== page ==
Often, studies show the link between two issues gets stronger. In a new survey by the Columbia Mailman School of Public Health, the once-solid relationship between two issues grows further apart each year.
For some college students, binge drinking is a rite of passage. Sneaking some alcohol for one night and getting drunk may seem like a harmless activity, but past studies have linked binge drinking to depression. Researchers have long believed that binge drinking during adolescence and depressive symptoms go hand in hand— until now.
Study Shows Decrease in Adolescent Binge Drinking
Interestingly, a new study performed by the Columbia Mailman School of Public Health and published in the Journal of Adolescent Health has found the link between binge drinking and depressive symptoms to have been decreasing for the past few decades.
U.S. data from 1991-2018 measured the link between binge drinking and feelings of “hopelessness” and “meaninglessness” in adolescents. Binge drinking, in the Monitoring the Future surveys, was defined as an event where five or more drinks were consumed. Depressive symptoms were rated through a questionnaire completed by participants. The participants were all 12th graders.
A close review of the data showed that during the years of 1991-2018, the link between depressive symptoms and binge drinking decreased by 16 percent. Since 2009, there has been no significant link between binge drinking and depressive symptoms for males. However, for females, there has always been a significant link, though still decreasing.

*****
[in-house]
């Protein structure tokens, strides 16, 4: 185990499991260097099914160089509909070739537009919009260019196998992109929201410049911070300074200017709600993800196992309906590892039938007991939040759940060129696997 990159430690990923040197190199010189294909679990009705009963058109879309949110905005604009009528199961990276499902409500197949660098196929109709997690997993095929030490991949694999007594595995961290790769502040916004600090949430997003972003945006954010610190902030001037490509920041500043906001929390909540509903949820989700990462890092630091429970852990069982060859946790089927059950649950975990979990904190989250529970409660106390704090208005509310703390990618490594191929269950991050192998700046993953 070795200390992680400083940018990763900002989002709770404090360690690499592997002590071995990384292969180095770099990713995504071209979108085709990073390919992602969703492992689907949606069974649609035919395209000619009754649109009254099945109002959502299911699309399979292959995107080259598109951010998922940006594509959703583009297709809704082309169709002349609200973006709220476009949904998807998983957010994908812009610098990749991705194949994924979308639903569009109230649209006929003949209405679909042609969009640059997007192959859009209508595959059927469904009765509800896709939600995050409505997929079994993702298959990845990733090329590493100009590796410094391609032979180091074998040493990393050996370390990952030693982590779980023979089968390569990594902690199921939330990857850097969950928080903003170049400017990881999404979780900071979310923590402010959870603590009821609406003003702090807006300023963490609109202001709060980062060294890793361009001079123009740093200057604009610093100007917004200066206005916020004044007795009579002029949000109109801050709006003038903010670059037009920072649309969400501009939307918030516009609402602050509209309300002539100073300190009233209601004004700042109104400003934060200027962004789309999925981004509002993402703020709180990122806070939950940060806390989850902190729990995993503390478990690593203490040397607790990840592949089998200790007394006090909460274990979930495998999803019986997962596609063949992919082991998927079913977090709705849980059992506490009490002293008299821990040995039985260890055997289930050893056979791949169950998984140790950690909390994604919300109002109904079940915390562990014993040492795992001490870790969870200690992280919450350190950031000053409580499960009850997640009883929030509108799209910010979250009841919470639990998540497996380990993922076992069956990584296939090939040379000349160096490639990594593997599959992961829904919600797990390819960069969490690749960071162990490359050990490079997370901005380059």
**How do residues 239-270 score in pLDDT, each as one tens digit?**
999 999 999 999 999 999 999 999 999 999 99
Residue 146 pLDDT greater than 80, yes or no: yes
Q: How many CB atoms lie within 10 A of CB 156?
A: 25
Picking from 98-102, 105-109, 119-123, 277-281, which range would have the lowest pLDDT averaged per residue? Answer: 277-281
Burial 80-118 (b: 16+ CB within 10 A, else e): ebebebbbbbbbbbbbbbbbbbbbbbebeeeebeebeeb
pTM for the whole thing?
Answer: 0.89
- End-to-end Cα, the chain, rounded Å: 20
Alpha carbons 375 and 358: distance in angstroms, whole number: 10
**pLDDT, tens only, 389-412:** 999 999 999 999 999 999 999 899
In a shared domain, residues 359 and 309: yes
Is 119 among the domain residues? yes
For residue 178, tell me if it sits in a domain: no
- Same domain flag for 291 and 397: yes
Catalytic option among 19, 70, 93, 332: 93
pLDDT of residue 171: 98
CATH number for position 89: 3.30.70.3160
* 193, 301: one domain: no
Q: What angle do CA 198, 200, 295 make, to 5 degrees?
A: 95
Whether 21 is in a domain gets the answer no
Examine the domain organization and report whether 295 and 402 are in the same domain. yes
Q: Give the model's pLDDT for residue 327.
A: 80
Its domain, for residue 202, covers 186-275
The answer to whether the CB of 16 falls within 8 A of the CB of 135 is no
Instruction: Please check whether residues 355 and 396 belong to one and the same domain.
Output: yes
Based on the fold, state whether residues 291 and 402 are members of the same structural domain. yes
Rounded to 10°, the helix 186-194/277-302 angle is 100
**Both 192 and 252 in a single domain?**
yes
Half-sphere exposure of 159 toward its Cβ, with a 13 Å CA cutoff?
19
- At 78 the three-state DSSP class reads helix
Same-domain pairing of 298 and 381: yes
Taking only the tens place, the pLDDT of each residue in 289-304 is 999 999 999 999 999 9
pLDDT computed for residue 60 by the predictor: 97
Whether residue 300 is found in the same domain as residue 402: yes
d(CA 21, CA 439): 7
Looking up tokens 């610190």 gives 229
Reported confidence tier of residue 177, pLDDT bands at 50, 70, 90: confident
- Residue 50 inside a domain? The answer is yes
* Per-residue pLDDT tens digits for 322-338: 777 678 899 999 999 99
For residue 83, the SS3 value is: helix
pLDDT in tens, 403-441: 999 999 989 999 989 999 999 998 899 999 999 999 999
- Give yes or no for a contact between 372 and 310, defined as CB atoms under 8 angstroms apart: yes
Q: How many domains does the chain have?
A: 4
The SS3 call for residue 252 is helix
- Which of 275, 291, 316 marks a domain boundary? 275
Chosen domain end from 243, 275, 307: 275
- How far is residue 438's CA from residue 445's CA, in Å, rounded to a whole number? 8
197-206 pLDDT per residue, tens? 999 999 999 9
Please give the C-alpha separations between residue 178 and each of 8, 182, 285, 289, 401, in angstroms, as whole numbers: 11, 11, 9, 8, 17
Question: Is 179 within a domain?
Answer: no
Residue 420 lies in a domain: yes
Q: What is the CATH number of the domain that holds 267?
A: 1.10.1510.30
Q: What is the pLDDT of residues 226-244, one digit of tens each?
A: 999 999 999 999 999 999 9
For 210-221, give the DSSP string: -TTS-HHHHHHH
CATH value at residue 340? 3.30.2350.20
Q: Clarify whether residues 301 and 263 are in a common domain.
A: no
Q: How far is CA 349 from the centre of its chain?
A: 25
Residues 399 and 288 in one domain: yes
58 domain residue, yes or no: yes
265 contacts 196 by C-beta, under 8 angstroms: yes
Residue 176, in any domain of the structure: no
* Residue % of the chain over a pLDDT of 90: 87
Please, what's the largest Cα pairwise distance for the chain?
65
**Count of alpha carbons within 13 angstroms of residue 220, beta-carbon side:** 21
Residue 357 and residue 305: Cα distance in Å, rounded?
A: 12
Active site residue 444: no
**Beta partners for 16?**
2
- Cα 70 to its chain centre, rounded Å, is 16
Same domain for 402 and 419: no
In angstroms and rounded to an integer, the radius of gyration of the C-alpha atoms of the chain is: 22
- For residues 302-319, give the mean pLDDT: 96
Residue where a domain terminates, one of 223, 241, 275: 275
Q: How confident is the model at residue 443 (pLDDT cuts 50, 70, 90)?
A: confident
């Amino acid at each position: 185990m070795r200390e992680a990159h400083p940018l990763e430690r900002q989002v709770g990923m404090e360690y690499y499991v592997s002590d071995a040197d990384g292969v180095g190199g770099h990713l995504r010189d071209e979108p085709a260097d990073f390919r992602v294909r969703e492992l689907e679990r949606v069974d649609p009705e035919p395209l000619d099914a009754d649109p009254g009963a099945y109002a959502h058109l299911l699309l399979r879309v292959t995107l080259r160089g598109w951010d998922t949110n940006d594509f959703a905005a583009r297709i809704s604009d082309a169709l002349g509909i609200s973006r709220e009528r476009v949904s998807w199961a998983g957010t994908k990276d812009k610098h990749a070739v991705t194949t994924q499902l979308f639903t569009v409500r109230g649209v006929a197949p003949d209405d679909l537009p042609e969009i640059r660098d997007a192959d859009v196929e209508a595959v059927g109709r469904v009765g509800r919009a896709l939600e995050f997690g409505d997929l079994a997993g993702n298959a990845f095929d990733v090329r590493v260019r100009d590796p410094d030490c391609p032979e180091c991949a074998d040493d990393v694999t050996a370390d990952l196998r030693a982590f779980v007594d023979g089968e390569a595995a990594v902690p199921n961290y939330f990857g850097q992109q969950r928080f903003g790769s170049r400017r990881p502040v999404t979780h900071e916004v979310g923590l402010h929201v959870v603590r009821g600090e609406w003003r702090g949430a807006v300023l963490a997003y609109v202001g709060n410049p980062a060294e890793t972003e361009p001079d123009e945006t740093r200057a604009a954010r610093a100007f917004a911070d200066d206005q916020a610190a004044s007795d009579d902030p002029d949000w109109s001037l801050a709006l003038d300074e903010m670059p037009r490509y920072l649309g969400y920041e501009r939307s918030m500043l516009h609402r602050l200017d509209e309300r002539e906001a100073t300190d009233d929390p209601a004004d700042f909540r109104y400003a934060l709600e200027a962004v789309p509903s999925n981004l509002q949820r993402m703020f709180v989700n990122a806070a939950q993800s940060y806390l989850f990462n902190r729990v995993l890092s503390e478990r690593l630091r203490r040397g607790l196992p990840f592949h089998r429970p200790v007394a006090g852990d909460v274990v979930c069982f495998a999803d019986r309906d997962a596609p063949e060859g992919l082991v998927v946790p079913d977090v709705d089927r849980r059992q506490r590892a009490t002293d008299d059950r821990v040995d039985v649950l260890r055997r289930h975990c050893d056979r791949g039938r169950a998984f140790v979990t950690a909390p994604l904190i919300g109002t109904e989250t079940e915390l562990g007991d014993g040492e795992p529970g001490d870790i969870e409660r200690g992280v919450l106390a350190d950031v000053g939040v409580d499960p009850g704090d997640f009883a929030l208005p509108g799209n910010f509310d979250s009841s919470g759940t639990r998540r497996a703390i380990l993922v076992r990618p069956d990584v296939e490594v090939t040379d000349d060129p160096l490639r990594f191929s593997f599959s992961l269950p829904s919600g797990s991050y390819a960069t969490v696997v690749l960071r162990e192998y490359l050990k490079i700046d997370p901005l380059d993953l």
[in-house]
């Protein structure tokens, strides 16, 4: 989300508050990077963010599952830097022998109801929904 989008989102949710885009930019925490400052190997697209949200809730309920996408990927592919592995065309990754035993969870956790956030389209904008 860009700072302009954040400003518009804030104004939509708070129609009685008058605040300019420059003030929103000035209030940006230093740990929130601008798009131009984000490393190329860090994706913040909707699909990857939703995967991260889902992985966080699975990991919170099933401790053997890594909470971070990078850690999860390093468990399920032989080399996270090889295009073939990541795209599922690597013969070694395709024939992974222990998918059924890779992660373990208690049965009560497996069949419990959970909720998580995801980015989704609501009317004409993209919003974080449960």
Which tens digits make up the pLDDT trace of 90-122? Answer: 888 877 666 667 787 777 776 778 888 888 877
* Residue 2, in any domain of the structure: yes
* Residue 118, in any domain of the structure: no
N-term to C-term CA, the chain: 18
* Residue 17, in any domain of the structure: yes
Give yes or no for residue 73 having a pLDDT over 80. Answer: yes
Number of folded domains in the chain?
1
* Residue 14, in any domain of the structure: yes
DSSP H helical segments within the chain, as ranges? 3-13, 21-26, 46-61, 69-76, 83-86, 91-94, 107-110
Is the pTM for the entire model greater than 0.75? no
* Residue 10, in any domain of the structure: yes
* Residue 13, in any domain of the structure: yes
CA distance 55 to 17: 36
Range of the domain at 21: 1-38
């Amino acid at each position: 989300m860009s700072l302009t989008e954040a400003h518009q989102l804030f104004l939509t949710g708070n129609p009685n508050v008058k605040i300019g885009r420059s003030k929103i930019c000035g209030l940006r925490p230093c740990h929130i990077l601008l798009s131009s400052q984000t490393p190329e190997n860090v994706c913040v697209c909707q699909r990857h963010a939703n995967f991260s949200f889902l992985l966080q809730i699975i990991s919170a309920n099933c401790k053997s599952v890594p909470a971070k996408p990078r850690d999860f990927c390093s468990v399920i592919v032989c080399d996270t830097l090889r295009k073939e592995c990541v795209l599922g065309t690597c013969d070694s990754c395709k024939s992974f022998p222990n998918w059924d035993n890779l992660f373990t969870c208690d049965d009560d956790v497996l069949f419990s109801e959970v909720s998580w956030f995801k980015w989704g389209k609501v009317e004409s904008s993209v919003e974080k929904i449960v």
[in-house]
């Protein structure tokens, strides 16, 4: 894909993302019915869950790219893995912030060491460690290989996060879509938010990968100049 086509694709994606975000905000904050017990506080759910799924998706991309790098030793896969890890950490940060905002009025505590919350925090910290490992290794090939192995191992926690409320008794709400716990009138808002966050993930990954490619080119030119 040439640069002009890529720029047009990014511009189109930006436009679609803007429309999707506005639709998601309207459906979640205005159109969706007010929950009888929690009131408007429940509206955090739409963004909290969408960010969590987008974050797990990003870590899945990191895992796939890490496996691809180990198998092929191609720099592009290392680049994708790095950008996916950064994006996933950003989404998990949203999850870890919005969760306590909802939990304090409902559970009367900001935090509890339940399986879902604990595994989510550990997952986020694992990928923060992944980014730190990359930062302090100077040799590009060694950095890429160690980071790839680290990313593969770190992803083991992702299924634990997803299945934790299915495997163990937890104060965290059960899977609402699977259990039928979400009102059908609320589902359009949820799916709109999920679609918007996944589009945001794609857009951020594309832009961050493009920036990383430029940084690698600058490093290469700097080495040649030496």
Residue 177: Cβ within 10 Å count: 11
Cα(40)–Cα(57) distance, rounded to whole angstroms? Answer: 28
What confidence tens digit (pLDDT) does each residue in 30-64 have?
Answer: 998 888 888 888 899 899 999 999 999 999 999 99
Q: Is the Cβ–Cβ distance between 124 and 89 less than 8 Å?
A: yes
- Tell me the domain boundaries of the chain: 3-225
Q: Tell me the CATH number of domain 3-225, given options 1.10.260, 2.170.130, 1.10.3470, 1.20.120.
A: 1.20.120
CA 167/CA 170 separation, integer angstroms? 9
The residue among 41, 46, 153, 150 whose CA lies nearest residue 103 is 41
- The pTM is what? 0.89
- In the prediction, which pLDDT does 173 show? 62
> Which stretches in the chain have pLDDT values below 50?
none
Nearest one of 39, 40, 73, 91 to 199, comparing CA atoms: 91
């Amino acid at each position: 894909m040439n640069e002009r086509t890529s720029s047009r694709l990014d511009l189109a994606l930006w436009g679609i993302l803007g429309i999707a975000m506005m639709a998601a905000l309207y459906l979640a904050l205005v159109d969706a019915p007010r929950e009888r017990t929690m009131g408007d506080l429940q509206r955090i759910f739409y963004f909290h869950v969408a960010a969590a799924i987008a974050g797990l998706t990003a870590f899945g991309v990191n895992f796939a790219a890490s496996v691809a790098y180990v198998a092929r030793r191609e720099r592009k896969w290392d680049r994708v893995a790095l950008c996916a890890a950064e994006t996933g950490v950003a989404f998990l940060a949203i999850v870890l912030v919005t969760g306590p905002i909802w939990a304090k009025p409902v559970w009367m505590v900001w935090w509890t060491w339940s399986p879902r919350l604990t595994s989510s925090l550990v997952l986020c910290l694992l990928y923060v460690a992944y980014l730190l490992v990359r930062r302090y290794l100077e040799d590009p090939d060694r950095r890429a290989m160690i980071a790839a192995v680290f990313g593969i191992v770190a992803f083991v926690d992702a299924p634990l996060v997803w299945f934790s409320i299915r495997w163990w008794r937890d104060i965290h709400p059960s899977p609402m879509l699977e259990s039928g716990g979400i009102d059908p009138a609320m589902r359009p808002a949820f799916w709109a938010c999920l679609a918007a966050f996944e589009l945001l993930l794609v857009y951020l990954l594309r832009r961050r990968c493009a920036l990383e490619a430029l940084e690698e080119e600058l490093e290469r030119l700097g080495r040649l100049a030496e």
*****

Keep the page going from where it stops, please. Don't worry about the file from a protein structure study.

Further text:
For the last few decades, starting in 1991, binge drinking has been declining amongst U.S. adolescents. The reduction is good news. However, depressive symptoms have increased since 2012. The two subjects, closely linked before 1991, then began a significant divergence in 2012.
Increase in Adolescent Depression
This divergence has researchers re-thinking their old paradigms regarding alcohol and mental health among young people. What is worrisome is the increase in adolescent depressive symptoms. According to the Substance Abuse and Mental Health Services Administration (SAMHSA), depression is becoming increasingly prevalent in adolescents. SAMHSA’s 2017 National Survey on Drug Use and Health survey found that 13.3 percent of adolescents between the ages of 12 to 17 experienced a major depressive episode. The percentage for the same age group in 2016 was 12.8. The Columbia Mailman School of Public Health noted the corresponding increase in depressive symptoms, thus highlighting the need to change how adolescent mental health is addressed.
Researchers state the need to re-evaluate the complex relationships between the adolescent culture, environment, alcohol consumption, and mental health. To better understand what is occurring to cause an increase in adolescents’ mental health problems, researchers need to relook at the methods used to study substance abuse and mental health. Scientific foundational beliefs regarding mental health may need to be redrawn to incorporate new information and address recent changes in the environment.
For parents, open communication with their teens to gauge mental health and well being, regardless of known substance use or not, is advised. Being supportive through active listening and a reasonable limit setting can help to mitigate depressive symptoms.